How do you make it work?
  1. Develop a firmwide approach to help standardize client acquisition. Digital channels are creating distinct entryways, often resulting in a decrease in incoming calls to the advisor and branch visits. This may require firms to combine these multichannel approaches into a centralized model. We believe that capturing individual client needs and understanding their preferences early in the life cycle is critical. Firms will need to leverage analytics and on-us/off-us data to aggregate multiple client data points such as complexity of needs, preferences for guidance versus self-directed investing, recent life events and intent-to-buy signals in order to understand and meet the client’s individual needs. 
  2. Design an operating model that aligns with the client’s needs. We recommend unifying key functions to help deliver a coordinated experience as clients choose different or multiple channels. This may require allowing clients to use distinct channels such as mobile, online or advisor-led for advice on different products. For example, a client may be best served by full-service advice for alternative financial products but self-directed for investments in index funds. Redesigning your operating model around a full suite of products across channel preferences can ultimately lead to higher share-of-wallet, stickier client retention, improved client engagement and lower costs.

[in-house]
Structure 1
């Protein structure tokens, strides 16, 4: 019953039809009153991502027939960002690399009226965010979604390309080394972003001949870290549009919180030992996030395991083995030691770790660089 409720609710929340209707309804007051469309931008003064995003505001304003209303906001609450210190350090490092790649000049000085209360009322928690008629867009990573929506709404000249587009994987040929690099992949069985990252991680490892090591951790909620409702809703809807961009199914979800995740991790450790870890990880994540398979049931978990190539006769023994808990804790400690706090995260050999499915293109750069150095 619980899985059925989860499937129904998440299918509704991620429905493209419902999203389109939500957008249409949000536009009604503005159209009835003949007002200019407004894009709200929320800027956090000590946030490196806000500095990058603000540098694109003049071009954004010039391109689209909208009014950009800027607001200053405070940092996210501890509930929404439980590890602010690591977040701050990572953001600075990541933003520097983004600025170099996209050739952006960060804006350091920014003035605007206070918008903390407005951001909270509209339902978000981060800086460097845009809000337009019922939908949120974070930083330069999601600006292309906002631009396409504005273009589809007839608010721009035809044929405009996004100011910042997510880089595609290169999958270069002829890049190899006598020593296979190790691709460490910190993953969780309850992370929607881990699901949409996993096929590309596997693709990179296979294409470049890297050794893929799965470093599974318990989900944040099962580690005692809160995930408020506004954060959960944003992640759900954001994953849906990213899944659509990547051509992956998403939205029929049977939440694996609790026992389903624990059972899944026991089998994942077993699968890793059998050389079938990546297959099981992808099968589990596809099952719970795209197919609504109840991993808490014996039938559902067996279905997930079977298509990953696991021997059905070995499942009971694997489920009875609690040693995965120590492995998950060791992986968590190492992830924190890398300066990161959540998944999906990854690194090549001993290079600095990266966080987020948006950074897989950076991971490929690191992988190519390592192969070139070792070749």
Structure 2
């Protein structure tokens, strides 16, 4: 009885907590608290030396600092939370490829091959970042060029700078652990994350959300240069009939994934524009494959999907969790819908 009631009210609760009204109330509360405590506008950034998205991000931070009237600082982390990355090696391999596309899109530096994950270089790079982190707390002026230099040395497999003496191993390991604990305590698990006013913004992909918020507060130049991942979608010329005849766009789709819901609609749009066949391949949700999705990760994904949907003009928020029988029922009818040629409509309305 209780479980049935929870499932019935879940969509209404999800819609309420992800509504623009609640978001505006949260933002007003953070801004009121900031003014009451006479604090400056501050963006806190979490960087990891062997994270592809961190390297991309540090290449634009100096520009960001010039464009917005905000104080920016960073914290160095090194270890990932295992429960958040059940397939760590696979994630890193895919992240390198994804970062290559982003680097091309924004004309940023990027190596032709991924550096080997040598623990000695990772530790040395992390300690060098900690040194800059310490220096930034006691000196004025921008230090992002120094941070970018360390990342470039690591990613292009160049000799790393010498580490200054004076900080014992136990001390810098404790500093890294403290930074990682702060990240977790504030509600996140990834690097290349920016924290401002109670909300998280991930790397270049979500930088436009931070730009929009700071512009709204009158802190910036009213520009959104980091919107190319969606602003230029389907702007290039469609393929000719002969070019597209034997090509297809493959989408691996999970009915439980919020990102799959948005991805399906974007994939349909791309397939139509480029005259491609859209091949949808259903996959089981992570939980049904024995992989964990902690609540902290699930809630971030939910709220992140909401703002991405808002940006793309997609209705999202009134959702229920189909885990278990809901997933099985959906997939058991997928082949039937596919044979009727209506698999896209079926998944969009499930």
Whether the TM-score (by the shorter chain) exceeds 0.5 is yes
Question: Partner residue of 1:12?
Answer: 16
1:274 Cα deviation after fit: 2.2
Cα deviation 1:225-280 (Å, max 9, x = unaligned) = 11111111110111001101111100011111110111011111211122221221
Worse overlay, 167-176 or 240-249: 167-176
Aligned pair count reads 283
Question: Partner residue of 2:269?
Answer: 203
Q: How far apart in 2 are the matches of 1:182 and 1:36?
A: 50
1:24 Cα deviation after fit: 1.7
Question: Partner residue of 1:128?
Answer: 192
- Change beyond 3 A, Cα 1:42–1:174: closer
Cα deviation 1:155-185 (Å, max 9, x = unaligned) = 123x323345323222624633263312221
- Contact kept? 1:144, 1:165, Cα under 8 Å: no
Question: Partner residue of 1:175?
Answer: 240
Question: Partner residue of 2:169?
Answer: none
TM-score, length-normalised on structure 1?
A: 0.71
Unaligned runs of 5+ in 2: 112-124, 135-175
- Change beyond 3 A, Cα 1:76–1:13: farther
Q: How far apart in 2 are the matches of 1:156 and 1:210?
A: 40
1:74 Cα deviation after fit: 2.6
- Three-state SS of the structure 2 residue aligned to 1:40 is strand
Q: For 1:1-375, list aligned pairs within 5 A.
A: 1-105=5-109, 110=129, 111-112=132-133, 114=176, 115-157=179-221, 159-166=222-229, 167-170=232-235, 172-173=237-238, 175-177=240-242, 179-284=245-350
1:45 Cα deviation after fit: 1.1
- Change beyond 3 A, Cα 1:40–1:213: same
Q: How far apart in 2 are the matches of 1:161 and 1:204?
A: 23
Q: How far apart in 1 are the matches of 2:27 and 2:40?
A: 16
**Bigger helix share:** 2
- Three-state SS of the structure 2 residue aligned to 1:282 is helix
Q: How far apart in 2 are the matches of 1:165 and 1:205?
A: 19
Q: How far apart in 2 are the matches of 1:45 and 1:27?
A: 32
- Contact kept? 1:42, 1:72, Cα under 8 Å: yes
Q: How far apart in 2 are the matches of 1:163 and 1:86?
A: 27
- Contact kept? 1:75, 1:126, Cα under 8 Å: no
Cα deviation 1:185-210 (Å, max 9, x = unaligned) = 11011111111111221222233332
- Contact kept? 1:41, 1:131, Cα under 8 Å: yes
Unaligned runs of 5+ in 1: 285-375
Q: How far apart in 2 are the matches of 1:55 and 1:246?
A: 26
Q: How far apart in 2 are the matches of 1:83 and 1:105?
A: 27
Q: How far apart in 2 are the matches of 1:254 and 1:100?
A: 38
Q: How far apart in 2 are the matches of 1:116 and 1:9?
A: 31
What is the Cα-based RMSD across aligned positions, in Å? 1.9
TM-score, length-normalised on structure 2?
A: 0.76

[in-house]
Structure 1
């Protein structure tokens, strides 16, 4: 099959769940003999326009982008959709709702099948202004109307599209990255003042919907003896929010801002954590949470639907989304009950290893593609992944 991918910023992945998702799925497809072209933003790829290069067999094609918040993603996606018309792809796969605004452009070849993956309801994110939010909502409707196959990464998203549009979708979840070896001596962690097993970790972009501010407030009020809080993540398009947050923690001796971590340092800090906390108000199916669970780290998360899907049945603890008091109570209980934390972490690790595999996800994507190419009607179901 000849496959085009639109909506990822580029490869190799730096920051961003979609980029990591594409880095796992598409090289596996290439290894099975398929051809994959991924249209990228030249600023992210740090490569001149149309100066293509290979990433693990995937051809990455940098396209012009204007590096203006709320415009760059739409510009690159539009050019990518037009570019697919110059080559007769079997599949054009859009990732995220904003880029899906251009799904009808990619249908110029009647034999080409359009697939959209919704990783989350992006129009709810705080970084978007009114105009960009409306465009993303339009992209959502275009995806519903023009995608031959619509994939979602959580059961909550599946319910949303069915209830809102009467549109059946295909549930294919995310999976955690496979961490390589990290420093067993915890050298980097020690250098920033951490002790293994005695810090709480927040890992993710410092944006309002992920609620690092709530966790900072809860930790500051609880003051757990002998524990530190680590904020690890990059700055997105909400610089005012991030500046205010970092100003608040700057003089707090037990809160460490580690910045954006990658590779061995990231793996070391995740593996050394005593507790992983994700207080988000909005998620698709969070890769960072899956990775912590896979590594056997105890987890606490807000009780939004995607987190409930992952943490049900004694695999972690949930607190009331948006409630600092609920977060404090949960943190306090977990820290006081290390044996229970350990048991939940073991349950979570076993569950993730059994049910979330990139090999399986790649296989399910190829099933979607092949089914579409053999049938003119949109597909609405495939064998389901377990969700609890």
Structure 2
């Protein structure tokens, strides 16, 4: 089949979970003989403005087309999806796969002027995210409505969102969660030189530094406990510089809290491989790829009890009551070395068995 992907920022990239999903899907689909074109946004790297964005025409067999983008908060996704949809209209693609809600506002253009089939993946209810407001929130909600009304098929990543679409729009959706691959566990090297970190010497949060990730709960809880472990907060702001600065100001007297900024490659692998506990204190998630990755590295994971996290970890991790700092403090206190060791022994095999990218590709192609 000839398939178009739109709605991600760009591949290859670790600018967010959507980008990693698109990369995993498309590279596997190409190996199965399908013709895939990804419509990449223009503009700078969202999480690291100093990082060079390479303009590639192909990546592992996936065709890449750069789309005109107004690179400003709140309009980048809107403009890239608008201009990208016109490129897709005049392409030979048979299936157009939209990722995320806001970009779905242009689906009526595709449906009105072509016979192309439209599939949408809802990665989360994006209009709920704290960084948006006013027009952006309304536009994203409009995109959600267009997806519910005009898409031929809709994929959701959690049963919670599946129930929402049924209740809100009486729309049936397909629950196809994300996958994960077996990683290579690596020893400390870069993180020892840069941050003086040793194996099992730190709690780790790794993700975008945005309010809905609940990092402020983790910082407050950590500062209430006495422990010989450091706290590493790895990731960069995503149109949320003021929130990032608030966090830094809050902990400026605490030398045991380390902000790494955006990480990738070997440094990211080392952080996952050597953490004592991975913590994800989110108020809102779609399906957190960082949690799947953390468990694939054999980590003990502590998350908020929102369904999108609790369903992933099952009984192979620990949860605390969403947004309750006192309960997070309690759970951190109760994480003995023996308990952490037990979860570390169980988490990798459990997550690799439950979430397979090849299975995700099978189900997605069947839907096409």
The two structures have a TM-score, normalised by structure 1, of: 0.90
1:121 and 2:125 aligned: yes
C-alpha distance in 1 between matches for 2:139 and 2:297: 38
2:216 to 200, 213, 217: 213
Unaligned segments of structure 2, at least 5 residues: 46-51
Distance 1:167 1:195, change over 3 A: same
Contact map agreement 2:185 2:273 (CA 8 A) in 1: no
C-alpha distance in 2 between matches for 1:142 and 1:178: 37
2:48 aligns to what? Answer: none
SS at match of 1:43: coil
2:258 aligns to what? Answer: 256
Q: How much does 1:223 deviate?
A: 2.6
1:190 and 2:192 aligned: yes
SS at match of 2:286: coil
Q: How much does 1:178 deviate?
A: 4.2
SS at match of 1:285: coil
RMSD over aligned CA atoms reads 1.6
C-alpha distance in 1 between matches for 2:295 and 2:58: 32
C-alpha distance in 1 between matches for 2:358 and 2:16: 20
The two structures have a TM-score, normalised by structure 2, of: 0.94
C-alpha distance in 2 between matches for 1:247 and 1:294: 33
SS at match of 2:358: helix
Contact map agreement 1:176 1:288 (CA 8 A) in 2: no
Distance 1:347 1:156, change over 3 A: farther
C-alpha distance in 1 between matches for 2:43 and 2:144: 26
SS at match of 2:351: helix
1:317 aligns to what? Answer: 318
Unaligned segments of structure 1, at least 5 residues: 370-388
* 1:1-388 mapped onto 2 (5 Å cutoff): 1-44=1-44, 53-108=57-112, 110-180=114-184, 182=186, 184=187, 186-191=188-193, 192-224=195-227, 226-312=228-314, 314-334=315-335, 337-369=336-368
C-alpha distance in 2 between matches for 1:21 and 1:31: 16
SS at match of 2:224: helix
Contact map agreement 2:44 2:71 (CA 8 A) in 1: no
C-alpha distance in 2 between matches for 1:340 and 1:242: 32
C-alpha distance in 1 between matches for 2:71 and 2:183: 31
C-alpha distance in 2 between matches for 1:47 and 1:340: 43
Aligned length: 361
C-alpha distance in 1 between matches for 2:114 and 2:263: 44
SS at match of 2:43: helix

3. Invest in key capabilities to help evolve the operating model and digital upskilling for wealth management teams. Financial advisors should be the go-to for questions, whether in person or through a virtual counterpart that leverages your technology investments. This may require addressing gaps in a client-centric model, such as an integrated digital front-end platform or better aligning front-, middle- and back-office capabilities to simplify support. Further, we’ve seen a need to align advisor compensation and incentives to client-centric outcomes when evolving toward a single wealth management organization.
  4. Measure profitability and evolving client preferences to guide future reinvestment decisions. We’ve seen significant changes in how clients use different channels and drivers of channel profitability over the last 18 months. With a low-rate environment, elevated retail trading volumes, a multi-fold surge in payment order flow and massive new user growth, the old rules-of-thumb no longer work. Firms should rigorously measure channel and product economics and evolving client preferences and then project how these might change as the economy and society returns to normalcy. These insights should guide decisions on the allocation of further technology investments, real estate decisions and advisor hiring.
Transforming your capabilities to help meet the needs of the client can lead to share-of-wallet gains and improving client retention and engagement


Current state

Future state

Client acquisition